A Picture Worth a Thousand Words

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For the past six months, Shelly Morton’s intricate black and white drawing of an angel has brought so much color to the experience of terminally ill patients and their families at LifeCare Hospitals of Fort Worth.

Shelly, administrative assistant in the hospital’s Administration department, used the Zentangle method – a mosaic-style of drawing that combines elemental strokes including dots, lines, simple curves, S curves and orbs – to create her masterpiece.

Her inspiration to help others in their time of grief stems from her own personal losses earlier this year.

“My husband lost his older brother in February, and I lost my mother in April,” Shelly said. “The hospital did a marvelous job responding to our family’s needs in several creative ways. I felt it would be nice to have something beautiful to put on the doors of patient rooms when care is withdrawn or when the patient passes.”

After getting the green light from Hospital CEO Anis Sabeti in March, Shelly went straight to the drawing board. Using black ink on cream art paper, she created an angel specifically for Fort Worth patients and families. She even incorporated her initials, “SM,” and “March 2018” on the sleeve of the angel in such a way that it blends in with the art.  She kept the original version, which took her approximately four hours to complete over the span of a couple of days, but donated the artwork to the hospital so that the clinical care team can use the image as needed.

An artist by hobby, Shelly particularly enjoys pen and ink sketching using various Zentangle patterns. She also has hospital chaplaincy training through her church and is happy to have an opportunity to combine the two to support people who are dealing with the loss of a loved one.

But, Shelly didn’t stop there. She also organized care packages with snacks and drinks for families whose terminally ill loved ones are actively dying or placed on withdrawal of care measures. She says the family members she has talked to are appreciative of her efforts. Case Manager Laurel Ball agrees.

“From what I have seen, everyone seems to really appreciate the consideration and time she has put into this project,” she said. “Shelly’s ‘comfort kits’ allow the families to spend more quality time with their loved one, and not have to worry about food or drink. Shelly is the kind of person who puts her heart and soul into whatever she does. She is a wonderful asset to our team here at LifeCare and we value her presence very much.”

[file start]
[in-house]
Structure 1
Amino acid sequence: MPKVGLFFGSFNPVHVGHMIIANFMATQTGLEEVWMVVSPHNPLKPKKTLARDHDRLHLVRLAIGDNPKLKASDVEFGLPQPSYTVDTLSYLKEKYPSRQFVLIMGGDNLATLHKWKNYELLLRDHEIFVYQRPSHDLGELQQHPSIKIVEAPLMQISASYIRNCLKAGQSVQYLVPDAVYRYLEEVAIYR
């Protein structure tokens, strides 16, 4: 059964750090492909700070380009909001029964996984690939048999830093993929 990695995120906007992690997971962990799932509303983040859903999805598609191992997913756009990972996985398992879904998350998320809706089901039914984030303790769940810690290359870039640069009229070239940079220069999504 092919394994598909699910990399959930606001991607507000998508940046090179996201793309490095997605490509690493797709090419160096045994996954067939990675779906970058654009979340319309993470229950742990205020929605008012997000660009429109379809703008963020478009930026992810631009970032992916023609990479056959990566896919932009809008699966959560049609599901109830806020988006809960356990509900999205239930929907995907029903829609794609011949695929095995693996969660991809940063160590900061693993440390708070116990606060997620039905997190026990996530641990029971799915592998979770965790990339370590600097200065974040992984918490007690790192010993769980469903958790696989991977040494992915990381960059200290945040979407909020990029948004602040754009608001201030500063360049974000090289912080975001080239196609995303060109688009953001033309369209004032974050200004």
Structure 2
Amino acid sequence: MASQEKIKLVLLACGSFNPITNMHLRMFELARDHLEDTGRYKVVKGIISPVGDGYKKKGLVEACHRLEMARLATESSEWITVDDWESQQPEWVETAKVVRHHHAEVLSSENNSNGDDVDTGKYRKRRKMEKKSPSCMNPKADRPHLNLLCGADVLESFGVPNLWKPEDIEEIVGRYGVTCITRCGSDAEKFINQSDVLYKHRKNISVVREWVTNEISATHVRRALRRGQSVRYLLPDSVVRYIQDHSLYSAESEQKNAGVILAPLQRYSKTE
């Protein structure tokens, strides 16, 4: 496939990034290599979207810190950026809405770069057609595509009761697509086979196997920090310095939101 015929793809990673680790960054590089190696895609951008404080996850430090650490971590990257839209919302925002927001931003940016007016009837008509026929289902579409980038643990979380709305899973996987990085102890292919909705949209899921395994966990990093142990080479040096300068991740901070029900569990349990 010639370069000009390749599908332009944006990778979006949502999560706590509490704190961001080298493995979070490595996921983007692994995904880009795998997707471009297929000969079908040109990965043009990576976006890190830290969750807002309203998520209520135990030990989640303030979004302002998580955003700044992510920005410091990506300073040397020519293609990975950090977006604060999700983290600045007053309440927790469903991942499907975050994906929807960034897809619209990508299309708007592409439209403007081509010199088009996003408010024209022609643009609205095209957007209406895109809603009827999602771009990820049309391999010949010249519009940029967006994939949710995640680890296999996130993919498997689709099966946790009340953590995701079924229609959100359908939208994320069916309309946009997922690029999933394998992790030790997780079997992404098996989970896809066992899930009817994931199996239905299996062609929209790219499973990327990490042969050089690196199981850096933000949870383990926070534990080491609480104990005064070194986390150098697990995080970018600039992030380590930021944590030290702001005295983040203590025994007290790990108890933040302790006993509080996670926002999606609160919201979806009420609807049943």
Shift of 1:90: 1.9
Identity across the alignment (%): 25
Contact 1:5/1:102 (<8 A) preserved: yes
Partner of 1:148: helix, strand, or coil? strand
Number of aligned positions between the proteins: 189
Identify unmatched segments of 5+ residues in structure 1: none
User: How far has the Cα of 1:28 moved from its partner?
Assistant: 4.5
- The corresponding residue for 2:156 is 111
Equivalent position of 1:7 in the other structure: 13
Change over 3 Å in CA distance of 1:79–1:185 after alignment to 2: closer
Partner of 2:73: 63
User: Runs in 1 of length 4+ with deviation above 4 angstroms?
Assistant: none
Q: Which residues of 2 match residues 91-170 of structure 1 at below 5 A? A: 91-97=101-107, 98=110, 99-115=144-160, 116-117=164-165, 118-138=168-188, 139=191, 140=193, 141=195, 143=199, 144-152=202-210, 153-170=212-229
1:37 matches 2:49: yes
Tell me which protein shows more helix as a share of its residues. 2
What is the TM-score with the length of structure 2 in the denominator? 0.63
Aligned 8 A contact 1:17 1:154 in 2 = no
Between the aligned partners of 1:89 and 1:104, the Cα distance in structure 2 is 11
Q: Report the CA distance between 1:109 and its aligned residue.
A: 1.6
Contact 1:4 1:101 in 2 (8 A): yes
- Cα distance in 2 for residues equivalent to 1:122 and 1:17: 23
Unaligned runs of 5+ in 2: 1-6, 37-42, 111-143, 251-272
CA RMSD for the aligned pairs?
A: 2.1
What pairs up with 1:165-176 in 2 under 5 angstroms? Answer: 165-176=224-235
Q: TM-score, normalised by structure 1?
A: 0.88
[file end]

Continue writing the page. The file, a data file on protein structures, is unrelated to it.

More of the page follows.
Anis says Shelly is a great example of living LifeCare’s value, Personalize It, which by definition involves creating a warm environment that is dedicated to the thoughtful, tailored care of our patients’ physical and emotional needs.

“Shelly making the effort and taking her time to show families that we care on a personal note is a great example of the family feel we have created here in Fort Worth,” he said. “She is a great example of someone who comes to work every day for the right reasons!”

Shelly says the value Personalize It is a way of life for her.

“Nothing gives me greater pleasure than to utilize the gifts and talents I’ve been given and share them with others,” she said. “While not everyone may have artistic talent, every associate has gifts, talents and abilities within them. Something as simple as getting to know the patient as a person, taking a minute to listen to their story and identifying with them in a way that is meaningful makes them feel like a ‘person’ and not a ‘disease.’ This is what will make a lasting impact on the patient and their family members and make them want to recommend LifeCare as the choice for care.”

She adds, “Finding new ways to use our gifts to bless others is invigorating.”

Now that’s art imitating life. Kudos, Shelly! Keep up the great work.

If you know a colleague who strives to demonstrate our five core values like Shelly, nominate them for the Faces of LifeCare Award.

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